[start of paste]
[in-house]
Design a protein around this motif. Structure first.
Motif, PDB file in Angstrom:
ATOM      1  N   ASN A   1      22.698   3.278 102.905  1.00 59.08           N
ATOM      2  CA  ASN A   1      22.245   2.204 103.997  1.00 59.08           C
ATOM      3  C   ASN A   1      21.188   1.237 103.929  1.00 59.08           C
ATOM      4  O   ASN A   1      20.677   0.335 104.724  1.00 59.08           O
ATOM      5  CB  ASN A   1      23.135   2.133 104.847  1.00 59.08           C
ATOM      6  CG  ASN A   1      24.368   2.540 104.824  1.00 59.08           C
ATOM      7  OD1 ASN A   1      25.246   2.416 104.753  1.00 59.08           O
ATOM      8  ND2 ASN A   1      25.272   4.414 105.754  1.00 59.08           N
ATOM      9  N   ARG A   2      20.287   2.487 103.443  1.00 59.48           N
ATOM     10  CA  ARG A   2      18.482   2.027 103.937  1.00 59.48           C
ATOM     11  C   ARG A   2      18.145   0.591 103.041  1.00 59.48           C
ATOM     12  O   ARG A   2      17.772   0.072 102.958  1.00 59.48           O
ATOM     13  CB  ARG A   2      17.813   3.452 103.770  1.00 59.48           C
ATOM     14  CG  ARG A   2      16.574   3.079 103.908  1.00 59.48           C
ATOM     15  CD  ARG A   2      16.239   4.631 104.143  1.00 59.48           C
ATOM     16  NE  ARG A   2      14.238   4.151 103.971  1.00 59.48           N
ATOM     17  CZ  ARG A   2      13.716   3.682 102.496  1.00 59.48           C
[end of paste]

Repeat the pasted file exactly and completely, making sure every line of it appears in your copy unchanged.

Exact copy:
[in-house]
Design a protein around this motif. Structure first.
Motif, PDB file in Angstrom:
ATOM      1  N   ASN A   1      22.698   3.278 102.905  1.00 59.08           N
ATOM      2  CA  ASN A   1      22.245   2.204 103.997  1.00 59.08           C
ATOM      3  C   ASN A   1      21.188   1.237 103.929  1.00 59.08           C
ATOM      4  O   ASN A   1      20.677   0.335 104.724  1.00 59.08           O
ATOM      5  CB  ASN A   1      23.135   2.133 104.847  1.00 59.08           C
ATOM      6  CG  ASN A   1      24.368   2.540 104.824  1.00 59.08           C
ATOM      7  OD1 ASN A   1      25.246   2.416 104.753  1.00 59.08           O
ATOM      8  ND2 ASN A   1      25.272   4.414 105.754  1.00 59.08           N
ATOM      9  N   ARG A   2      20.287   2.487 103.443  1.00 59.48           N
ATOM     10  CA  ARG A   2      18.482   2.027 103.937  1.00 59.48           C
ATOM     11  C   ARG A   2      18.145   0.591 103.041  1.00 59.48           C
ATOM     12  O   ARG A   2      17.772   0.072 102.958  1.00 59.48           O
ATOM     13  CB  ARG A   2      17.813   3.452 103.770  1.00 59.48           C
ATOM     14  CG  ARG A   2      16.574   3.079 103.908  1.00 59.48           C
ATOM     15  CD  ARG A   2      16.239   4.631 104.143  1.00 59.48           C
ATOM     16  NE  ARG A   2      14.238   4.151 103.971  1.00 59.48           N
ATOM     17  CZ  ARG A   2      13.716   3.682 102.496  1.00 59.48           C